SMITH COUNTY, TX (KLTV) - They're the driving danger that give you little, if any, time to react. When cars hit deer, it doesn't take much to go from a crunched fender to something much worse.
The fall months are active ones for deer and with more than 150,000 miles of state roads, odds are you'll see one or two. Statistics over a four year time period show the danger. Texas leads the nation significantly with 88 animal involved accident deaths.
At his body shop, Chip Owens says during the fall nearly a third of all incoming vehicles have hit deer. "You're real lucky if it does not go through the car or the windshield because they will do that and that's when people get hurt," said Owens.
That's nearly exactly what happened to Michigan teen Barbara Barnick, when a car hit a deer, and threw the animal into her minivan, killing the 17 year old.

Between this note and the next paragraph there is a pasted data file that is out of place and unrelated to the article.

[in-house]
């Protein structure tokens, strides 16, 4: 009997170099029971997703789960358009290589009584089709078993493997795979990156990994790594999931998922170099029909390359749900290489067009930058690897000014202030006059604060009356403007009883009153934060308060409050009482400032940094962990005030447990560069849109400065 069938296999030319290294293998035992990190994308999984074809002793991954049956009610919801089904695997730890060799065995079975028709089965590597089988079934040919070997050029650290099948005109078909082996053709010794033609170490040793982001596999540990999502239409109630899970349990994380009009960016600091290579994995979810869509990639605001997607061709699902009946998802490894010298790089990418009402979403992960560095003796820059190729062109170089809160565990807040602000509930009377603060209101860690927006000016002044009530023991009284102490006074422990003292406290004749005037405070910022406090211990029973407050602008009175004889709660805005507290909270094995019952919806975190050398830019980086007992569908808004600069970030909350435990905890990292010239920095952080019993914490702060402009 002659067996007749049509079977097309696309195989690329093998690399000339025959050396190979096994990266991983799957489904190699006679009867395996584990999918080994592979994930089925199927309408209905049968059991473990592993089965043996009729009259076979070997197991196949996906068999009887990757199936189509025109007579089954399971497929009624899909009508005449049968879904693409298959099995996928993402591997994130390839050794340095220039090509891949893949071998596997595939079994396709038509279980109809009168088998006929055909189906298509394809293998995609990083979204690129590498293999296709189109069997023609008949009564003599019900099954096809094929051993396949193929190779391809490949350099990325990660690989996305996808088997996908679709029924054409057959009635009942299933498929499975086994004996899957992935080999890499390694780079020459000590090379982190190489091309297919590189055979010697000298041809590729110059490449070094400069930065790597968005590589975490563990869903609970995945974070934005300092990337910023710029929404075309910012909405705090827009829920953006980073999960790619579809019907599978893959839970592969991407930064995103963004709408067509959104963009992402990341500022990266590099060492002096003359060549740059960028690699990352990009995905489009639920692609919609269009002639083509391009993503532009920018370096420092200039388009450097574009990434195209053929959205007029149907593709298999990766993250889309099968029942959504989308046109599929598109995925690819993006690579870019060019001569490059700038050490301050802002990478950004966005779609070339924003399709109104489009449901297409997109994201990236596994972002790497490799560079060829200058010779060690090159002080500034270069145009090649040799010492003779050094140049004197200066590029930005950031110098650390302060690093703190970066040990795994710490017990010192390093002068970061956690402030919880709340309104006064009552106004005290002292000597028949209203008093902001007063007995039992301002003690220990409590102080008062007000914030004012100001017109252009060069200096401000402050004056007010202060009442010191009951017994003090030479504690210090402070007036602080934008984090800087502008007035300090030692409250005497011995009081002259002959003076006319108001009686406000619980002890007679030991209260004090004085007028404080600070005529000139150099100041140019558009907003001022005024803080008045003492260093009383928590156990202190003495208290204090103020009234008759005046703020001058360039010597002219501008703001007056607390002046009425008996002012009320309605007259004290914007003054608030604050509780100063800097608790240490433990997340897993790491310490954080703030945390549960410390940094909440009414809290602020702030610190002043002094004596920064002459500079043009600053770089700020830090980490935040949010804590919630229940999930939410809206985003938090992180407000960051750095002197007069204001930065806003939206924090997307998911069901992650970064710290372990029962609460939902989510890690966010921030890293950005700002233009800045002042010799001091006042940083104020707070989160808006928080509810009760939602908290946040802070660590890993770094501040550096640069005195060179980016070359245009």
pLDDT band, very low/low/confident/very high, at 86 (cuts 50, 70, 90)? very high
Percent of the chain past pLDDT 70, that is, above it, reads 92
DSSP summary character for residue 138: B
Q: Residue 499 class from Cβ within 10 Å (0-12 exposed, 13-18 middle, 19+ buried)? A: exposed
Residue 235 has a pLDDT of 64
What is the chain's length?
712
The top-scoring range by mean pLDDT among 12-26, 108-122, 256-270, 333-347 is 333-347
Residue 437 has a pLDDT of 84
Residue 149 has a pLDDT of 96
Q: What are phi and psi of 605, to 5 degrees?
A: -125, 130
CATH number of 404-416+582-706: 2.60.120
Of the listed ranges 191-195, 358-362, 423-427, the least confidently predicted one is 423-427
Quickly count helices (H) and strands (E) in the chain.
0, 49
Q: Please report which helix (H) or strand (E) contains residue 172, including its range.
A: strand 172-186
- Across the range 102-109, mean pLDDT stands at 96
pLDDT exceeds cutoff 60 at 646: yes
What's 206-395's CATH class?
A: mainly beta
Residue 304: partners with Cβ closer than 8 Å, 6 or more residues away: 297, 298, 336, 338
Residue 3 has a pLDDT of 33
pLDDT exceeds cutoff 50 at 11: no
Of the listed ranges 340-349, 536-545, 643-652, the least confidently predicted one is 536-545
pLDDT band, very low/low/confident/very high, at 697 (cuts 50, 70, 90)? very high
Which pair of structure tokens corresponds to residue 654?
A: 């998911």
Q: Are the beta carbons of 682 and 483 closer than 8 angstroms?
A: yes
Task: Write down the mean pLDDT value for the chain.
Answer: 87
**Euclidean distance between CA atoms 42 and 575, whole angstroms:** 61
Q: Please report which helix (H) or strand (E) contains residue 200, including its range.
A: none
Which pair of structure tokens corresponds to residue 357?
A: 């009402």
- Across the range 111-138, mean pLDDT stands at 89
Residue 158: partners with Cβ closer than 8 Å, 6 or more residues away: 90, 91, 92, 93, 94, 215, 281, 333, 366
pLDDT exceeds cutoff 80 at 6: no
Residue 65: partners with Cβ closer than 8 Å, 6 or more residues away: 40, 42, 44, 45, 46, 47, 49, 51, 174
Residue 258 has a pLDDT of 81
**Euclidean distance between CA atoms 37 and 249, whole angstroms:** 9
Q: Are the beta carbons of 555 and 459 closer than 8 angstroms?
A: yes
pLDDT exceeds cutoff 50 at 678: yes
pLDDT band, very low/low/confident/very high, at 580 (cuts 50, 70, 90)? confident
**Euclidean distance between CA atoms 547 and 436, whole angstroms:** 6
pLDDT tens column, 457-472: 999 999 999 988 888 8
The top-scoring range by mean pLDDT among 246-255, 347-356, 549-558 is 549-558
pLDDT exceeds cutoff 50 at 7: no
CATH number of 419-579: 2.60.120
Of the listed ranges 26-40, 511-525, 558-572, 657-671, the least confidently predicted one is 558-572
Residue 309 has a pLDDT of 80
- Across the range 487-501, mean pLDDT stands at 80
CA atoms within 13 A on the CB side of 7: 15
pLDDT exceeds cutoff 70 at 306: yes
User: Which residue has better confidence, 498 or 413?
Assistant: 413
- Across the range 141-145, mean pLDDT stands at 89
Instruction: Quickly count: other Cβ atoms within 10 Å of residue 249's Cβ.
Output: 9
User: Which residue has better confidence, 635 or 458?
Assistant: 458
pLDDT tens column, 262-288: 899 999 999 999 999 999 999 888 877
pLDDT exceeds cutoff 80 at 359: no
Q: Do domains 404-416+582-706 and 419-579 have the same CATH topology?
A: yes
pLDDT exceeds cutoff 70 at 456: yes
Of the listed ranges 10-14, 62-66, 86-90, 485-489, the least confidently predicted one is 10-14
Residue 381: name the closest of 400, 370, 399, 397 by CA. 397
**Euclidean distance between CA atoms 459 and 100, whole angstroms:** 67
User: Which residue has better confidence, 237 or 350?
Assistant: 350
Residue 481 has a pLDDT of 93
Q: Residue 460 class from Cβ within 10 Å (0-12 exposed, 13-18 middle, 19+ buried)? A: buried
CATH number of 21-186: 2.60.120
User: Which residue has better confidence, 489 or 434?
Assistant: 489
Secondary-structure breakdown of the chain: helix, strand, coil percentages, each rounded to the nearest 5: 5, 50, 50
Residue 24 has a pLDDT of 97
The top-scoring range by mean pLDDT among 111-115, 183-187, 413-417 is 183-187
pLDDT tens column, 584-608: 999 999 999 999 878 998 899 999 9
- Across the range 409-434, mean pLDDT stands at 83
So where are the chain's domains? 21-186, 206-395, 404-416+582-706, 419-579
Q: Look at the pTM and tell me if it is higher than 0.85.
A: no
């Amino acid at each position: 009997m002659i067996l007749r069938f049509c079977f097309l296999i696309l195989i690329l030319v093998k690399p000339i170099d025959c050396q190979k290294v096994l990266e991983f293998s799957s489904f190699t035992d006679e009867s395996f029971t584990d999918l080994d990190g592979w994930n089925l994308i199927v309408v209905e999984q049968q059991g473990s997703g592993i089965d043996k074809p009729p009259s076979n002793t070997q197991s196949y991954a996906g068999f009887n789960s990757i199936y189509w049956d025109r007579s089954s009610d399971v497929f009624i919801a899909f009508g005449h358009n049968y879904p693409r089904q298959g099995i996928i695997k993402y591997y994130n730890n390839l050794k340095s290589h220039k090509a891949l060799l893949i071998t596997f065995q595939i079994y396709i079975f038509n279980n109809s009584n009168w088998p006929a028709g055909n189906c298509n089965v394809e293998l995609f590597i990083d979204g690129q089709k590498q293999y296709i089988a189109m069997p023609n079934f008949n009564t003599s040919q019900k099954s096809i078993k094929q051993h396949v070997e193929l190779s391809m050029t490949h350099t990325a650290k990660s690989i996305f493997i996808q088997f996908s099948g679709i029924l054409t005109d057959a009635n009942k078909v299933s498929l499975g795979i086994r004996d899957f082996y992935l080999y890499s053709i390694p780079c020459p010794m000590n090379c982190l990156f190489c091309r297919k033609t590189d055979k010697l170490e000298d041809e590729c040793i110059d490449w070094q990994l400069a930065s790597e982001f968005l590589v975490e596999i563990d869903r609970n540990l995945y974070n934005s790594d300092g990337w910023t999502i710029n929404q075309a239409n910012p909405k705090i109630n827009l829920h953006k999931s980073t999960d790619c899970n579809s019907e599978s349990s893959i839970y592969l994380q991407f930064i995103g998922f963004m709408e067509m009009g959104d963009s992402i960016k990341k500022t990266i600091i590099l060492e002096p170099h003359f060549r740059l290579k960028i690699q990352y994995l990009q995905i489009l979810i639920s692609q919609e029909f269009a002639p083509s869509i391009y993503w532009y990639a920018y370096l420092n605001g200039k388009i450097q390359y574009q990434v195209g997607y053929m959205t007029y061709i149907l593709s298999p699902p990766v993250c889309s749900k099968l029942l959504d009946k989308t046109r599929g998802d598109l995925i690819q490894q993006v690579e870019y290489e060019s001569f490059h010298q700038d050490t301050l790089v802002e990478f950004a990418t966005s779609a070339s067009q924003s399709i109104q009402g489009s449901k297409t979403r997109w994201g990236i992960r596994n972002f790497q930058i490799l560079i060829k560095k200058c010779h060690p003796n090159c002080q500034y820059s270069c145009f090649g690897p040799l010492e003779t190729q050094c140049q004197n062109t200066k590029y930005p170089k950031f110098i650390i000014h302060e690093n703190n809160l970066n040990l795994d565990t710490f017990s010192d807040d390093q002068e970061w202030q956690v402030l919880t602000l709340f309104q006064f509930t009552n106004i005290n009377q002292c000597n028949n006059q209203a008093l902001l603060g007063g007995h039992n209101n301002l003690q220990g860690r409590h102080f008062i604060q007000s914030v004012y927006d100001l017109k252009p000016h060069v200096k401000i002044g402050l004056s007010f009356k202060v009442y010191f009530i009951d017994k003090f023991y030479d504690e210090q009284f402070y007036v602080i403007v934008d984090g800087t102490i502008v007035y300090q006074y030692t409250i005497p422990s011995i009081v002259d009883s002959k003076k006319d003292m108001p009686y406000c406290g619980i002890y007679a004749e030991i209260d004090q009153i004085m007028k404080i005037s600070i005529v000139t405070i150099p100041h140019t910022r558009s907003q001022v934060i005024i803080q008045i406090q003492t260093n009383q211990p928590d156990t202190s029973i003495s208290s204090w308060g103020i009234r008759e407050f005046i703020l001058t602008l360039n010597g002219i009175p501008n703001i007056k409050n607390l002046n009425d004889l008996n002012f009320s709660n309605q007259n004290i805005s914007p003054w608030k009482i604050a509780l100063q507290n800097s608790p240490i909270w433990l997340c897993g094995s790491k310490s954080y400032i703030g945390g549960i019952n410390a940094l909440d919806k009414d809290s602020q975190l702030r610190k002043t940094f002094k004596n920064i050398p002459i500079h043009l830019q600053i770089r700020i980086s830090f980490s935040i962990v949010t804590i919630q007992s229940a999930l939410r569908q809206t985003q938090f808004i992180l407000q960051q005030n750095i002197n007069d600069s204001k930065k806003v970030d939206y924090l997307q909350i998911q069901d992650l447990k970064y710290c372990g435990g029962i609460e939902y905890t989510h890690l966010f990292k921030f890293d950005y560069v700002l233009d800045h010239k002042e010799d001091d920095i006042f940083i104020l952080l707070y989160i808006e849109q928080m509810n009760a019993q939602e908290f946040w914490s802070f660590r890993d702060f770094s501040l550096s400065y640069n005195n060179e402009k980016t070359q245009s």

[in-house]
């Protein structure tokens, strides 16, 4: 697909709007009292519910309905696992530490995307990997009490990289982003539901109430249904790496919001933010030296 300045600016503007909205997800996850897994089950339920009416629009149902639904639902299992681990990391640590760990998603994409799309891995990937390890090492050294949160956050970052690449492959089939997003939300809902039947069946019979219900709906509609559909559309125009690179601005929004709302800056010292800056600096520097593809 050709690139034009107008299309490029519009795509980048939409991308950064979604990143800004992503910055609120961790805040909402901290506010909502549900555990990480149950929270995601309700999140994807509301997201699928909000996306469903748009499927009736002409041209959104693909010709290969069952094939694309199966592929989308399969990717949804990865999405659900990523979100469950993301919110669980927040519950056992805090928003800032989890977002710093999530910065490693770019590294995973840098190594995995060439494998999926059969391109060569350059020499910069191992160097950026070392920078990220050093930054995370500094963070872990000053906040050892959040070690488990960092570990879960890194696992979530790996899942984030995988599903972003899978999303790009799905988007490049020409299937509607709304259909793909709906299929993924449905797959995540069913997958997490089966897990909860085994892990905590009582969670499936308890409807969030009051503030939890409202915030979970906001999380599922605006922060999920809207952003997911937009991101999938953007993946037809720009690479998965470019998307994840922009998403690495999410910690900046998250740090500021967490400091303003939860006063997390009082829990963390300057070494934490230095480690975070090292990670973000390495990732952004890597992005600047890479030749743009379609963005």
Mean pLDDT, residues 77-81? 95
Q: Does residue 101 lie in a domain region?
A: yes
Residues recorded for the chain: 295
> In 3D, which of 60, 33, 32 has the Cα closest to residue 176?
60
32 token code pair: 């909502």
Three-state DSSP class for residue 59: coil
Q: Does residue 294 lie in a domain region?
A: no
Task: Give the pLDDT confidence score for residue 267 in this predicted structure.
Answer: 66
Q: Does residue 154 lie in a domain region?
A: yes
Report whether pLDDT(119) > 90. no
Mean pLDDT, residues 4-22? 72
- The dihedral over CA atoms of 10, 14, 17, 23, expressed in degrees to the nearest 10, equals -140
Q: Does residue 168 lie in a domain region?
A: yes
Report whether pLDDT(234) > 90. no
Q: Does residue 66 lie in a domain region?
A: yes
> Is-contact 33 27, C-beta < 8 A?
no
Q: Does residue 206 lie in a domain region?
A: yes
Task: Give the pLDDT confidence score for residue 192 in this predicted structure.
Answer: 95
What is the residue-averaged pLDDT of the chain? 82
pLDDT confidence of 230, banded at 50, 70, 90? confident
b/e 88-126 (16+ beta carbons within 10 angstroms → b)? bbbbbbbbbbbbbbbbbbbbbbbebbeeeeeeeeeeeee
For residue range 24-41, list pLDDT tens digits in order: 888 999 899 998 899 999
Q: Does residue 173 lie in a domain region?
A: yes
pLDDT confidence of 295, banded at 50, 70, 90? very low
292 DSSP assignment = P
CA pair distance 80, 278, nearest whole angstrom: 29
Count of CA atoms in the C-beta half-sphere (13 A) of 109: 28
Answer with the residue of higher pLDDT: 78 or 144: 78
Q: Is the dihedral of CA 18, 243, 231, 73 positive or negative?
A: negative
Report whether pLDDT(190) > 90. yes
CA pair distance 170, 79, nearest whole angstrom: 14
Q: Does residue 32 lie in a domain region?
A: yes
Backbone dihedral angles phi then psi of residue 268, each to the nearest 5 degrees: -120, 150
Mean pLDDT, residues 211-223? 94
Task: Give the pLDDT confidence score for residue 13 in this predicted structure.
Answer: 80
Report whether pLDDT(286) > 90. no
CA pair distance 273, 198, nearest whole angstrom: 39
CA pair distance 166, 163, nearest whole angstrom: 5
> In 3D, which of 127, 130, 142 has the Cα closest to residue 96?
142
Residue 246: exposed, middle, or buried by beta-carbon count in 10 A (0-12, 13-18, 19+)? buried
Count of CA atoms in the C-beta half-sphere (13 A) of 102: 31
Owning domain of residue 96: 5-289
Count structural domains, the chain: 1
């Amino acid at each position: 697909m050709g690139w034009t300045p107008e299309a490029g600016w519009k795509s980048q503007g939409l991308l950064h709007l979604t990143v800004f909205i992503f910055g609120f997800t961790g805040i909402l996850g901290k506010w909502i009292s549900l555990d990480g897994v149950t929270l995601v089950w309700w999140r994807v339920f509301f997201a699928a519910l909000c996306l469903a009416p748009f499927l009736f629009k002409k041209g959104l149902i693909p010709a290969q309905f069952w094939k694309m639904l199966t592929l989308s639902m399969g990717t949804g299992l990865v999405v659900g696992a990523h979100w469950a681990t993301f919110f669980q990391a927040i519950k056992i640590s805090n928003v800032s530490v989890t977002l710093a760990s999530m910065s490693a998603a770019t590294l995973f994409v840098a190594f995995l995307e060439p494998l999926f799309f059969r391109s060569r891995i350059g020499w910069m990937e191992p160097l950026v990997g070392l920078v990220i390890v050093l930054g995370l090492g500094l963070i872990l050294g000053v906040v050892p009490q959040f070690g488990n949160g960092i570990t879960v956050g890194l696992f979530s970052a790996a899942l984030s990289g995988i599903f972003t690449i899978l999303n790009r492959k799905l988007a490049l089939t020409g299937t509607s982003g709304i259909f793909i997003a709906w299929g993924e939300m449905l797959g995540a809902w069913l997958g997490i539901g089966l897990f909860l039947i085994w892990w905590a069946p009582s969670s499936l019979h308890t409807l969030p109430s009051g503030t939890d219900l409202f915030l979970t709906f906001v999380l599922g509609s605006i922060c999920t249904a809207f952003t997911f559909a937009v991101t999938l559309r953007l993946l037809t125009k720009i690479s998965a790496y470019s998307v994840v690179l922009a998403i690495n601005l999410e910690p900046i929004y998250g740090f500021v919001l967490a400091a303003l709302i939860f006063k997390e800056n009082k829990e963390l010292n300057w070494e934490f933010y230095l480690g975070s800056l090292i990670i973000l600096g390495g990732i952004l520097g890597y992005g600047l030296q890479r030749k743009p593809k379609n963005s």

Most active at night, the fall mating season brings the most deer near civilization. "During the mating season these bucks will start running these deer," said Game Warden Chris Green,"There's more people in the woods that are pushing these deer out."
New roads put deer in a new habitat where safety concerns leave drivers with few options. "It's better to go ahead and hit the deer," said Green."Running off the road and maybe flipping your vehicle or hitting a tree boy that's going to be a lot worse than hitting that animal."
If your instinct tells you to swerve insurance agents say don't for your wallet's sake. Instead of hitting a deer you may end up hitting a fence, tree or another driver. The accident could be filed as a collision claim, bringing a higher deductible and added charges to your policy.